Mesa Verde National Park is a UNESCO World Heritage Site and occupies 81.4 square miles (211 km2) (211 square kilometers) near the Four Corners in Montezuma County, Colordao.
The park features numerous ruins of homes and villages built by the ancient Pueblo people known as the Anasazi. The Anasazi made this stone village their home in the 1200s AD. It is best known for several spectacular cliff dwellings — structures built within caves and under outcroppings in cliffs — including Cliff Palace, which is thought to be the largest cliff dwelling in North America. The Spanish term Mesa Verde translates into English as "green tableland".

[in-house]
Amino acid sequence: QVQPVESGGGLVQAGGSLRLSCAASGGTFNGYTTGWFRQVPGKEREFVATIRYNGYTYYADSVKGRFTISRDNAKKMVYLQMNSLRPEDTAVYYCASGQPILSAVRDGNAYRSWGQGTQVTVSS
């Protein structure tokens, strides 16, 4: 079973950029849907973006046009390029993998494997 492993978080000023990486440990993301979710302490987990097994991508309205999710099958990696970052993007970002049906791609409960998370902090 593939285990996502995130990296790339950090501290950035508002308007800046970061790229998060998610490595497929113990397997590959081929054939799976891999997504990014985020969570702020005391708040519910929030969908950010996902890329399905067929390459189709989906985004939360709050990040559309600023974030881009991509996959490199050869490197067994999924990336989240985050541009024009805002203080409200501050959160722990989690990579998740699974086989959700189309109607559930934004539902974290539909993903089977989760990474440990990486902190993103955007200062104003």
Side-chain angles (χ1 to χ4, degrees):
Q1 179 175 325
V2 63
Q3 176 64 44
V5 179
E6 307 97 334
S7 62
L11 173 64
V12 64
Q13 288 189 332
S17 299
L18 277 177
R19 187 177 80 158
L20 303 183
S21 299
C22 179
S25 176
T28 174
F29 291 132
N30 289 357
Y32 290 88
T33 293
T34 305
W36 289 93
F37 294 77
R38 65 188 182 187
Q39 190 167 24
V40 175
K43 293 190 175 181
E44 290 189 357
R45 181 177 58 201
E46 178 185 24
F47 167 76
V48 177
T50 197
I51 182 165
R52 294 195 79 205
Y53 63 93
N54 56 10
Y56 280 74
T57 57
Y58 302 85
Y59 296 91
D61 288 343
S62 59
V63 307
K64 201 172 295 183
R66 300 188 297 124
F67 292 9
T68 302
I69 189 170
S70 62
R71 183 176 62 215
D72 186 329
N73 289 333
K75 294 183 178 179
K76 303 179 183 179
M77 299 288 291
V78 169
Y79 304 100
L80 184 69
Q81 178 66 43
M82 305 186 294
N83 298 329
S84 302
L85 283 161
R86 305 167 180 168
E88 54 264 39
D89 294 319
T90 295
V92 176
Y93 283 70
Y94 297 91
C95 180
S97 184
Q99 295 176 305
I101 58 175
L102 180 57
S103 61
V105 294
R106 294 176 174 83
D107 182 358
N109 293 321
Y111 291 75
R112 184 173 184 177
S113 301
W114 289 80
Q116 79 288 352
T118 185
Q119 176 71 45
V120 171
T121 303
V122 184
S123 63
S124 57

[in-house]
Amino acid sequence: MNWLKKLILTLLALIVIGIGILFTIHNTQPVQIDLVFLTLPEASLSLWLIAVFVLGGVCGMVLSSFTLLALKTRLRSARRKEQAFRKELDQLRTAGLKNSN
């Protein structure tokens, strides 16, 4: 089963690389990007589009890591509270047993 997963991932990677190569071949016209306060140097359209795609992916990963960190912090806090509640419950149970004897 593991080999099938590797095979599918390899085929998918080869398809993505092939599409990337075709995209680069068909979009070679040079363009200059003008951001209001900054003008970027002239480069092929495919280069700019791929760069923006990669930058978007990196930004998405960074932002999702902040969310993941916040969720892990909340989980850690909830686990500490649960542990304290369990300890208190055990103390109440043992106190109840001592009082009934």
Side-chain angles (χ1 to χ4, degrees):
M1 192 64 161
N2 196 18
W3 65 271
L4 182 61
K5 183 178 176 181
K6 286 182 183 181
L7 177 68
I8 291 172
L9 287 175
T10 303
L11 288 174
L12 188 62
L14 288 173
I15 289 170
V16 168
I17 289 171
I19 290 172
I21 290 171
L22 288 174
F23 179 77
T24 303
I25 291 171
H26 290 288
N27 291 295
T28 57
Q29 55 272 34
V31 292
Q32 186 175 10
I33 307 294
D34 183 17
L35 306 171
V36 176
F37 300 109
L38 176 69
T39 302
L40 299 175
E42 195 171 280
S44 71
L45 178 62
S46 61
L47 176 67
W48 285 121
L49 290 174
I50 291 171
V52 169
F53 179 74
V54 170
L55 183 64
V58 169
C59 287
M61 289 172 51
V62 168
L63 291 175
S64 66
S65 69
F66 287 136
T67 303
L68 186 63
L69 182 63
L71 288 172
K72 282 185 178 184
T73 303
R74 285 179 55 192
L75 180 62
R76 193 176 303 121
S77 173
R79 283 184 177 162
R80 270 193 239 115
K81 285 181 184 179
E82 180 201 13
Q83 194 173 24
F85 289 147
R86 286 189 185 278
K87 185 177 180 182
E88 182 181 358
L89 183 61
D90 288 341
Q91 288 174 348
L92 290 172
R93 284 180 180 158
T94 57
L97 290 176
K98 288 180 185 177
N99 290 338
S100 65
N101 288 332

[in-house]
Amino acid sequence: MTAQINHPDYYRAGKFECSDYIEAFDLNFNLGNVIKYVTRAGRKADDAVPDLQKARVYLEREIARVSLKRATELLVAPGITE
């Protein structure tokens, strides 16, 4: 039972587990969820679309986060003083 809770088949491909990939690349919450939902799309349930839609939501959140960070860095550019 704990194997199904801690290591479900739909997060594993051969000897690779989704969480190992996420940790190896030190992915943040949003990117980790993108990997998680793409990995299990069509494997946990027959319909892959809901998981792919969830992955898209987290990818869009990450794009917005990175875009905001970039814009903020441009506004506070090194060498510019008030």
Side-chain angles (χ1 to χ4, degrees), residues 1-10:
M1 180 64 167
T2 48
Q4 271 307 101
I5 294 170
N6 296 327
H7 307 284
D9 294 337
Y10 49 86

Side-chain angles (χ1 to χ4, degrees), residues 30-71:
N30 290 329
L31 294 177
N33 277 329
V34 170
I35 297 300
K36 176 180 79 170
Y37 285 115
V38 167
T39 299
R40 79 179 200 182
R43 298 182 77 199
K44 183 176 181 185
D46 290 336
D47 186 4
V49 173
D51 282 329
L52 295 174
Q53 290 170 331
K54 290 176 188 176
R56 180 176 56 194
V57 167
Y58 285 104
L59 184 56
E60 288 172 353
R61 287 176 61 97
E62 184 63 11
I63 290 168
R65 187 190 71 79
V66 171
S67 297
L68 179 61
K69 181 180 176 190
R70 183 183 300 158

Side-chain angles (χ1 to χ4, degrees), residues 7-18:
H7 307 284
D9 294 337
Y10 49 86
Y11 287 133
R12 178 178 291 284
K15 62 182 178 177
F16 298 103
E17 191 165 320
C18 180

Spanish explorers seeking a route from Santa Fe to California in the 1760s and 1770s were the first Europeans to reach the Mesa Verde (green table) region, which they named after its high, tree-covered plateaus. But they never got close enough, or into the needed angle, to see the ancient stone villages, which would remain a secret for another century. It was discovered in 1888 by two farmers: Charlie Mason and his son Richard Wetherhill. The fame of Mesa Verde soon began to spread thanks to the Wetherill ranchers and the archeological work of Gustaf Nordenskiöld. Vandalism led to the President Teddy Roosevelt's support of protecting the area as a national park in 1906.